Healthcare Reforms Gain in Education for Nursing, but Diversity Lags - The Minute
As the Affordable Care Act transforms U.S. healthcare, major changes are under way in nursing. A recent review by the National Academy of Medicine has evaluated progress on recommendations in a 2010 report called “The Future of Nursing.” That report called for revamping nursing education and eliminating barriers that prevented nurses from practicing to the full extent of their education and training.
The recent review finds that the goal of increasing the number of nurses with bachelor and doctorate degrees is being met. And 21 states now allow nurse practitioners to perform tasks such as prescribing certain drugs without an agreement from a physician. But the report also finds that diversity remains an issue.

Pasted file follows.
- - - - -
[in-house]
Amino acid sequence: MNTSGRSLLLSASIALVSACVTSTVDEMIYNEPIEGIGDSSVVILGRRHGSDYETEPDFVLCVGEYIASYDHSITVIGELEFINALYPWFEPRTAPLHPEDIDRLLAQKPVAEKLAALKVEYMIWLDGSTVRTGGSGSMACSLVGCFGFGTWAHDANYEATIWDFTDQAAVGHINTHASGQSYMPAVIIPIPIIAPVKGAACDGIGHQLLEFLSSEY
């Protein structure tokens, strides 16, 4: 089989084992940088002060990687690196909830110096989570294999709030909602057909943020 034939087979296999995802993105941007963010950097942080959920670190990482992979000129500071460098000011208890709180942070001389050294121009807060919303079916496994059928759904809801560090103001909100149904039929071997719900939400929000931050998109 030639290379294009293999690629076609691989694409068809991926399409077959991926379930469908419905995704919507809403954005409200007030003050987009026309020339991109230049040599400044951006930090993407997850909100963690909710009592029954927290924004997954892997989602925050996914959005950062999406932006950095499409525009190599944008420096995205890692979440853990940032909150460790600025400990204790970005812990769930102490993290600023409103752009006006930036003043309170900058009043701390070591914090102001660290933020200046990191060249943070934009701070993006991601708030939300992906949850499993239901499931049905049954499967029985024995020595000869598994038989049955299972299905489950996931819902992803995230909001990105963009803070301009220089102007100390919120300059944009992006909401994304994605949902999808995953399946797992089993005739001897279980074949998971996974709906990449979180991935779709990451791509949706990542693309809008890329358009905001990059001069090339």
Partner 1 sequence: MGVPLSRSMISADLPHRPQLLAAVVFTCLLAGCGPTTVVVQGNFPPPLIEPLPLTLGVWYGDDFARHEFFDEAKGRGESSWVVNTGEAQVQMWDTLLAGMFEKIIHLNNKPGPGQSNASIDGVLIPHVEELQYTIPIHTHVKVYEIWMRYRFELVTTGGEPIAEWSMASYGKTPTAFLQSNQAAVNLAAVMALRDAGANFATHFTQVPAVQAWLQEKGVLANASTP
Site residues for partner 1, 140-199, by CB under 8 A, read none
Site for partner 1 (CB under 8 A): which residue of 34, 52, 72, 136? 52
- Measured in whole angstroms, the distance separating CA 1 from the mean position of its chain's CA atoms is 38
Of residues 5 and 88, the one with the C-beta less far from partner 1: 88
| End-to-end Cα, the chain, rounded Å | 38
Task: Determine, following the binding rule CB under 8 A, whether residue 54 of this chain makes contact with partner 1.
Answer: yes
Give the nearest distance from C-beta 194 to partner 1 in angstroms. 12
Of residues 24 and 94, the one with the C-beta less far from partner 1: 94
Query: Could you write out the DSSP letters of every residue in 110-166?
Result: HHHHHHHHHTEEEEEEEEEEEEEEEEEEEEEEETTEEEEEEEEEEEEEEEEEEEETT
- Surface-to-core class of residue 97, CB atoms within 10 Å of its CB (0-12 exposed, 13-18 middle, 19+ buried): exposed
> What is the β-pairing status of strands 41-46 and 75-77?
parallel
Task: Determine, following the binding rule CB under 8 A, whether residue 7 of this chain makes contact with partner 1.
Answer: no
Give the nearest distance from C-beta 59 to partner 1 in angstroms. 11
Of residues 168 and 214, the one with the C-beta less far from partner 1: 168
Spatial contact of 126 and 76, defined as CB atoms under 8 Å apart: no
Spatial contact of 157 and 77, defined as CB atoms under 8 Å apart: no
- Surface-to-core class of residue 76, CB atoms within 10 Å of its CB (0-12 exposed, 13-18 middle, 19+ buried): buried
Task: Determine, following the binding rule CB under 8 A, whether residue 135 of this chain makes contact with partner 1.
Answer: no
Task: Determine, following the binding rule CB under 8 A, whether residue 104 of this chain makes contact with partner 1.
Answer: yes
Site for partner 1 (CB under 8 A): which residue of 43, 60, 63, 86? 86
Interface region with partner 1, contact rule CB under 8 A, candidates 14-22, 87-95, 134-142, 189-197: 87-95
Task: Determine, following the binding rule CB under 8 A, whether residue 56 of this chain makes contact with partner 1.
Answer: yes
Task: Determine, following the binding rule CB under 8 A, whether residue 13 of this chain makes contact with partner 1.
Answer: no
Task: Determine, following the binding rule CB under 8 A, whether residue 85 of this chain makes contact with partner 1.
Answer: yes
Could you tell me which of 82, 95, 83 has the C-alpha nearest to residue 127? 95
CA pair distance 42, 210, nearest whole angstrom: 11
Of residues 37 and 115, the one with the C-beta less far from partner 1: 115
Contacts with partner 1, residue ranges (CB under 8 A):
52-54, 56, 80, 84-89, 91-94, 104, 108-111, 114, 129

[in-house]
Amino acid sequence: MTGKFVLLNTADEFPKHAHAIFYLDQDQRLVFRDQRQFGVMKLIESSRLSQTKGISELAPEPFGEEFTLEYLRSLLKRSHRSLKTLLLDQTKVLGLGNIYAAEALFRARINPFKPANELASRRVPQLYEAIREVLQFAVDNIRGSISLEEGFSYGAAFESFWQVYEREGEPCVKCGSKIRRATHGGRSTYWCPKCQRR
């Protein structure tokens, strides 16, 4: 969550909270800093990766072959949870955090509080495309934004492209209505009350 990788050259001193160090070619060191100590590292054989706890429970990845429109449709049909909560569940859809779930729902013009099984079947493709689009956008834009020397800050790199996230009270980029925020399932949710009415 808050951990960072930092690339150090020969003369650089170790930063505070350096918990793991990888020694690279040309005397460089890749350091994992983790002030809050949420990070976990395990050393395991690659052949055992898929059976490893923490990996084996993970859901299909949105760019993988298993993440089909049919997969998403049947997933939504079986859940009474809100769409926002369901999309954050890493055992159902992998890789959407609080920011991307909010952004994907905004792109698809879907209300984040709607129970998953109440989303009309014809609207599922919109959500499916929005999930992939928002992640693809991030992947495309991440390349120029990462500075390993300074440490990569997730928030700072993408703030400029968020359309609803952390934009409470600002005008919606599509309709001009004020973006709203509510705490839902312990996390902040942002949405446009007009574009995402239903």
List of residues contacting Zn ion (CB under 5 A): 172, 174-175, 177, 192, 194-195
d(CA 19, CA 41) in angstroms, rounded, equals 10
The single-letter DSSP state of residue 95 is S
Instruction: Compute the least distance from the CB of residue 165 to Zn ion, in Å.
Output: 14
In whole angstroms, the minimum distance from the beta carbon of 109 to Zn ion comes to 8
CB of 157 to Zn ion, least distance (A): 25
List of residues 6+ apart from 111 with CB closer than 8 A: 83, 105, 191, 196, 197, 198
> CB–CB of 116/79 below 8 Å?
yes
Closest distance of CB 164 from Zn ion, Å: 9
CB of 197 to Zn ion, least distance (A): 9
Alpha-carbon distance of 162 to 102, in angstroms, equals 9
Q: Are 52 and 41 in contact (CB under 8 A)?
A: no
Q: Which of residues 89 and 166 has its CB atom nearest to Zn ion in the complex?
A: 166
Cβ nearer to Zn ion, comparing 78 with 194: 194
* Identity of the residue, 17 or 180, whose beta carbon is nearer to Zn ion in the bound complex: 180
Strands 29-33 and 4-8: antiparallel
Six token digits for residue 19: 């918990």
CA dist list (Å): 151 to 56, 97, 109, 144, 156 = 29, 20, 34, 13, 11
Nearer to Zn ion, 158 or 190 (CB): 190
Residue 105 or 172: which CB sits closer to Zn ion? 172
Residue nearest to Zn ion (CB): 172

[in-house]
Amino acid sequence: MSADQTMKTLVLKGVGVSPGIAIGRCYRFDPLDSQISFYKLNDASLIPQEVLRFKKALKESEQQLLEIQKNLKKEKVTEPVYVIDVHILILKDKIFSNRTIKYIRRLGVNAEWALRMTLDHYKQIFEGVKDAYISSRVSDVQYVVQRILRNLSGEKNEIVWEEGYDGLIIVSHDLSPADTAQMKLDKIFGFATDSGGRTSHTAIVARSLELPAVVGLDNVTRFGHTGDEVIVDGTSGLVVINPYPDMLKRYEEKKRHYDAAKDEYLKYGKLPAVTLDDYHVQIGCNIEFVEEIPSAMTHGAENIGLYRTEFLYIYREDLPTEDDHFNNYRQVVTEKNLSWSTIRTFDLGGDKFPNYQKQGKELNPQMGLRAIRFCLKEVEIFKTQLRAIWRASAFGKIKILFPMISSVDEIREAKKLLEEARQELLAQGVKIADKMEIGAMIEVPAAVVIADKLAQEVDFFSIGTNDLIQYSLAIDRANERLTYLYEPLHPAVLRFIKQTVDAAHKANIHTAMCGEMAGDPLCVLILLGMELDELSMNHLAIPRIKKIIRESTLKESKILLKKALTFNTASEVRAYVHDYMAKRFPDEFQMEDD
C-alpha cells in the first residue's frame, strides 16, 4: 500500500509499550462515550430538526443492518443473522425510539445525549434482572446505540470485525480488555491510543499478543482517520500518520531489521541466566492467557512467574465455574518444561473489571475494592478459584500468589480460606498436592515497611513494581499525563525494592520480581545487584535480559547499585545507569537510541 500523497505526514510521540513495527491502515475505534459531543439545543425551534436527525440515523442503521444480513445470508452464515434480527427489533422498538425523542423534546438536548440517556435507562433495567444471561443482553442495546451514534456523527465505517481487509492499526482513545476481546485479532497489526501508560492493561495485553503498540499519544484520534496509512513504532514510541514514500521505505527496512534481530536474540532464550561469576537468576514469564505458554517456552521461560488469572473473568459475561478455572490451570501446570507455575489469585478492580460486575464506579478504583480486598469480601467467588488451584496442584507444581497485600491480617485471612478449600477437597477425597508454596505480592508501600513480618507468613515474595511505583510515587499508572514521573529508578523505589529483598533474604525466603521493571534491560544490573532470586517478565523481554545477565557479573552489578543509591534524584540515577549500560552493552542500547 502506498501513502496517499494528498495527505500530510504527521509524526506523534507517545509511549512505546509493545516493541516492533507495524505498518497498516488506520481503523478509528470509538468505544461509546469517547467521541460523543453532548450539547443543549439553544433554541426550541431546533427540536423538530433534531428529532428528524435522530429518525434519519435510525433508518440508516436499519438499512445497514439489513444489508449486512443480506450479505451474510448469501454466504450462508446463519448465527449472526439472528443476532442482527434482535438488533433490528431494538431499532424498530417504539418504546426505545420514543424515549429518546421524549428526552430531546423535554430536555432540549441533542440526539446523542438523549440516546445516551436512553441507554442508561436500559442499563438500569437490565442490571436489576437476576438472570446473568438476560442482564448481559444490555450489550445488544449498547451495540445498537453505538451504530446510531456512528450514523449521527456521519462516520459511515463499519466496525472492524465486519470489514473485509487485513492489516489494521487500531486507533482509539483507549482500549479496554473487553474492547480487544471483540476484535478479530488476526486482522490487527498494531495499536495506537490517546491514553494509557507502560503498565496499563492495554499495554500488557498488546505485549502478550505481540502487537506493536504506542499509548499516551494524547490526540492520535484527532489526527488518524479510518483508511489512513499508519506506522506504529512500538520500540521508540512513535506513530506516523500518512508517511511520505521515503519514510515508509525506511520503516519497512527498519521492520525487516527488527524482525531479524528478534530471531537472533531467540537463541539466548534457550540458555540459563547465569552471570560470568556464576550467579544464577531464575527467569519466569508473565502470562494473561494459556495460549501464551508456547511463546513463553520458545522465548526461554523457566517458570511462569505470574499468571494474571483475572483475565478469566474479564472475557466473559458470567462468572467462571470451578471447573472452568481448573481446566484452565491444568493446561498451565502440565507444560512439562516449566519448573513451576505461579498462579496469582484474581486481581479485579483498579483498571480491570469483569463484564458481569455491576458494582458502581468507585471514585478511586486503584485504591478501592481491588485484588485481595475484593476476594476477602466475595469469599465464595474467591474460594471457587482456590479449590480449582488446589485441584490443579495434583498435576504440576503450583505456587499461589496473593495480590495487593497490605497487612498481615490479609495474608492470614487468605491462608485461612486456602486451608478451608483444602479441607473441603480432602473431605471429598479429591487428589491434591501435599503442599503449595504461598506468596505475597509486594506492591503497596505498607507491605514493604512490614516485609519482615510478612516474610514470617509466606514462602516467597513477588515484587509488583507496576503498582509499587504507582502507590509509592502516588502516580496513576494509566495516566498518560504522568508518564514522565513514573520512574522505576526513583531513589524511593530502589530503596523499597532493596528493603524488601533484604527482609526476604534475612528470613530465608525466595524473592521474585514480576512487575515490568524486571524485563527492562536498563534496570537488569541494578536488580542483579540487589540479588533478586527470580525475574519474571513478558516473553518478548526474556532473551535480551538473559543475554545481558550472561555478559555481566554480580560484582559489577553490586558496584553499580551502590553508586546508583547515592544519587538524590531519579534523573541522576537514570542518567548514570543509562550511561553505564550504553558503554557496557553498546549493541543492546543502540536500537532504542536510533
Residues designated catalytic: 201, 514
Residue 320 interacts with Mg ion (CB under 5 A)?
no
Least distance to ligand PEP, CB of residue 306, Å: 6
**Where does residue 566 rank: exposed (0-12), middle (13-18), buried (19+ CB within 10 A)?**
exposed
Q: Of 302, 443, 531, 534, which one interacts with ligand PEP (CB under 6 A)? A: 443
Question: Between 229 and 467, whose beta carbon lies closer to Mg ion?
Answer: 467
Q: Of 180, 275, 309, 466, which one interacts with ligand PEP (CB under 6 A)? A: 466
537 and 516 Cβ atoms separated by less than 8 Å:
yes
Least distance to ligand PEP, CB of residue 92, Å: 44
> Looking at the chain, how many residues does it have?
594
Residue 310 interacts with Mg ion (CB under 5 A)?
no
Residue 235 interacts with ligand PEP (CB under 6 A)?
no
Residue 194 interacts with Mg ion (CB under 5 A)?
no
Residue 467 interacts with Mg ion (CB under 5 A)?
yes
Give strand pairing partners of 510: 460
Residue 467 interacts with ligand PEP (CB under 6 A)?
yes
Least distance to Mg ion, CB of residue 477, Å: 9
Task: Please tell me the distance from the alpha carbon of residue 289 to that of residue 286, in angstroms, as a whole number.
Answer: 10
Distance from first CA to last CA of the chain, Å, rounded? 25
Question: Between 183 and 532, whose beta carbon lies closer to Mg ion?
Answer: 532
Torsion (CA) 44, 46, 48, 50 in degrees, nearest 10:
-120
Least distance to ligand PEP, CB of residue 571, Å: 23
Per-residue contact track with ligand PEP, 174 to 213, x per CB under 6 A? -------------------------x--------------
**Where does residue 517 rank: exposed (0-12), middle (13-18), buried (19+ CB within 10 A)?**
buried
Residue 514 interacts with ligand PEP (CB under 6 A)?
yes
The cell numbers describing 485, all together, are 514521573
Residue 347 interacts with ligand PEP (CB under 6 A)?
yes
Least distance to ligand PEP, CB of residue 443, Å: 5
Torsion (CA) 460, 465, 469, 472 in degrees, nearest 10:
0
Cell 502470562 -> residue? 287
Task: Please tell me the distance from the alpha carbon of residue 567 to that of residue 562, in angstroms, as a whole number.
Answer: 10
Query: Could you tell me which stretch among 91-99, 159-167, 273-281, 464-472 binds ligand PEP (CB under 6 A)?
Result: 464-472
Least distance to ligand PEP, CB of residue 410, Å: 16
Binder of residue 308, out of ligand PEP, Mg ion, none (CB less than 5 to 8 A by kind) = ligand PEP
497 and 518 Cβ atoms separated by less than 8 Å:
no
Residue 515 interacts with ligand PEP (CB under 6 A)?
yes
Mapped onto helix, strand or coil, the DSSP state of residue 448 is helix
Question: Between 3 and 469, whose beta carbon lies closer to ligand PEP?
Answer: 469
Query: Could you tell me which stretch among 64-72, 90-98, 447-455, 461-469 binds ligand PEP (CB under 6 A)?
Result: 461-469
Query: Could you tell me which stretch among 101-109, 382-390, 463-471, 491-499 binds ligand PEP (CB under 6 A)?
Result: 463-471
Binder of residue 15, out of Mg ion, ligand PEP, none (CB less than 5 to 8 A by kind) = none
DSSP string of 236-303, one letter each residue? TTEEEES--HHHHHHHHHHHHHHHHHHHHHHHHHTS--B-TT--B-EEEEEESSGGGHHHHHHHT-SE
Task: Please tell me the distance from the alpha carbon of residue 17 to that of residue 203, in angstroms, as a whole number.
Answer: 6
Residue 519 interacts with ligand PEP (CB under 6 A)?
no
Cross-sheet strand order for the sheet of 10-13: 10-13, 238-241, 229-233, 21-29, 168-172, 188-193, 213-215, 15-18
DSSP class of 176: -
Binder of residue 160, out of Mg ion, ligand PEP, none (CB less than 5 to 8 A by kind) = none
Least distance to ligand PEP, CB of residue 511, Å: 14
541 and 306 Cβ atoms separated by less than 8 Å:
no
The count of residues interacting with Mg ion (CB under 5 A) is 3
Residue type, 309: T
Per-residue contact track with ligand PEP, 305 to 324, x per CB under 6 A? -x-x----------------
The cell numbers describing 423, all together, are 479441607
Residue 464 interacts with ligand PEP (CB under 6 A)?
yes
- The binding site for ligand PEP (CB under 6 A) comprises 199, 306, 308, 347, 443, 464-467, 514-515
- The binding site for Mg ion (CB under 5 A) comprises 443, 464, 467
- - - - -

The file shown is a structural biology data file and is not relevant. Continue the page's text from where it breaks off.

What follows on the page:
Hispanics make up 20 percent of the general population ages 20 to 40, but only five percent of the RN workforce and seven percent of baccalaureate graduates. African-Americans make up 13 percent of ages 20 to 40, but account for only 10 percent of the RN workforce and nine percent of baccalaureate graduates. And of the three million RNs in the country, only nine percent are men. Both the previous and recent reports were commissioned and funded by the Robert Wood Johnson Foundation. I’m John Howell for 3BL Media.